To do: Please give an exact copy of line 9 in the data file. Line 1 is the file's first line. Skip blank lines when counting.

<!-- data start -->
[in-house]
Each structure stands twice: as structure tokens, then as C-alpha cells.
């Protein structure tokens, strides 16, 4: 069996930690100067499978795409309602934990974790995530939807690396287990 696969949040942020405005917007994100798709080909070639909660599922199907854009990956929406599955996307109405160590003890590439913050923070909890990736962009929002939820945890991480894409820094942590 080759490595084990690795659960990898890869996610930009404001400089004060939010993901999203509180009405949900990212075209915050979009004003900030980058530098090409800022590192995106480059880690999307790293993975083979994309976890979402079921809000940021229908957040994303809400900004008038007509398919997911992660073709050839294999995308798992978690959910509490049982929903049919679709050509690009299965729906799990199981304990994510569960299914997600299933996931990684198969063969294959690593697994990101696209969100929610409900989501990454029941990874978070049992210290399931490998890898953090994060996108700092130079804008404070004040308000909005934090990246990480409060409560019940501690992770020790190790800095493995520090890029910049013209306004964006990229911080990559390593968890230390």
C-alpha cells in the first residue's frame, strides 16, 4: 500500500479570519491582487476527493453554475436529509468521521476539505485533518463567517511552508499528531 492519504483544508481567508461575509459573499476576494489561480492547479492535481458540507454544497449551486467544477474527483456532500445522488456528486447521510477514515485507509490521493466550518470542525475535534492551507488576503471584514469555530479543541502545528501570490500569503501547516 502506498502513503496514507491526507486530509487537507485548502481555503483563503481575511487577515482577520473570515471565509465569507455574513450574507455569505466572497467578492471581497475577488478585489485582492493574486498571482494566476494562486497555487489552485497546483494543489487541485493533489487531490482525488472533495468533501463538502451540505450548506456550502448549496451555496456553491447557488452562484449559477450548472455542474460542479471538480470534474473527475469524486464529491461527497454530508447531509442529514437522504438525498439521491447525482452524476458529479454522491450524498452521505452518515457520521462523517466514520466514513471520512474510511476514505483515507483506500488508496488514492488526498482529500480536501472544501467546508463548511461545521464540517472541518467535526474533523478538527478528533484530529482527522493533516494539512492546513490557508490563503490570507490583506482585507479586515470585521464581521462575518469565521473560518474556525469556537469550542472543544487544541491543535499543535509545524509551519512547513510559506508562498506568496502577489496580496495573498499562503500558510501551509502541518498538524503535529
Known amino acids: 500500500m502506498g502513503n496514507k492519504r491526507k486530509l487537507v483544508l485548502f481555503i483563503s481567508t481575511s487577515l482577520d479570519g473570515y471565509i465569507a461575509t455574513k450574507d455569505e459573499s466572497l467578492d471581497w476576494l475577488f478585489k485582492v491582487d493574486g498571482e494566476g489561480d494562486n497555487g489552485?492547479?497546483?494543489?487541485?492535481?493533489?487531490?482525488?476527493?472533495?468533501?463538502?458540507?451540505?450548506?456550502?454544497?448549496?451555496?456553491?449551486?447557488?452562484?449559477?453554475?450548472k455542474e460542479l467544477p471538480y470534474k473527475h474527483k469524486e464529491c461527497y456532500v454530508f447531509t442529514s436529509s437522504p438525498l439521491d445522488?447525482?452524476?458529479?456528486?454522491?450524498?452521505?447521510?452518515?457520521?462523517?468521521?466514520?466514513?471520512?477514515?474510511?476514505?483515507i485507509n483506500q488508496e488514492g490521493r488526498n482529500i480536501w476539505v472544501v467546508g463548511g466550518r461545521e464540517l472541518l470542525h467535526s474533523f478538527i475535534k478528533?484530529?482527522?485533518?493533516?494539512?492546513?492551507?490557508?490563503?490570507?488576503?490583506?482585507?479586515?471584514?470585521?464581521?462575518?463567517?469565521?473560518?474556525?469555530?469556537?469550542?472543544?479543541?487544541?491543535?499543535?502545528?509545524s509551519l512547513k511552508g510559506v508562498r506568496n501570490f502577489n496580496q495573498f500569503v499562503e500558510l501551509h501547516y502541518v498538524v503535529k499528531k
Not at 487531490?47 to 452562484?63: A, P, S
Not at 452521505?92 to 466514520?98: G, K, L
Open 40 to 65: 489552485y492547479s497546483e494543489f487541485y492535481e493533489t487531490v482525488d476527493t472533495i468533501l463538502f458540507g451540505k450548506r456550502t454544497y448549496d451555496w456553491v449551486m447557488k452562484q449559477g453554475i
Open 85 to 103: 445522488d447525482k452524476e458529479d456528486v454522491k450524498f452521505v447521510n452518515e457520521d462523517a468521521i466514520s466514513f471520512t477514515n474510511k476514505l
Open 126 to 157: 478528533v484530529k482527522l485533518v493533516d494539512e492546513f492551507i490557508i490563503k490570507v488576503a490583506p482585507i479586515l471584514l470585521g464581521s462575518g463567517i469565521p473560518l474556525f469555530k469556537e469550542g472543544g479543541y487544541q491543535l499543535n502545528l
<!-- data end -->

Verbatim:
Open 85 to 103: 445522488d447525482k452524476e458529479d456528486v454522491k450524498f452521505v447521510n452518515e457520521d462523517a468521521i466514520s466514513f471520512t477514515n474510511k476514505l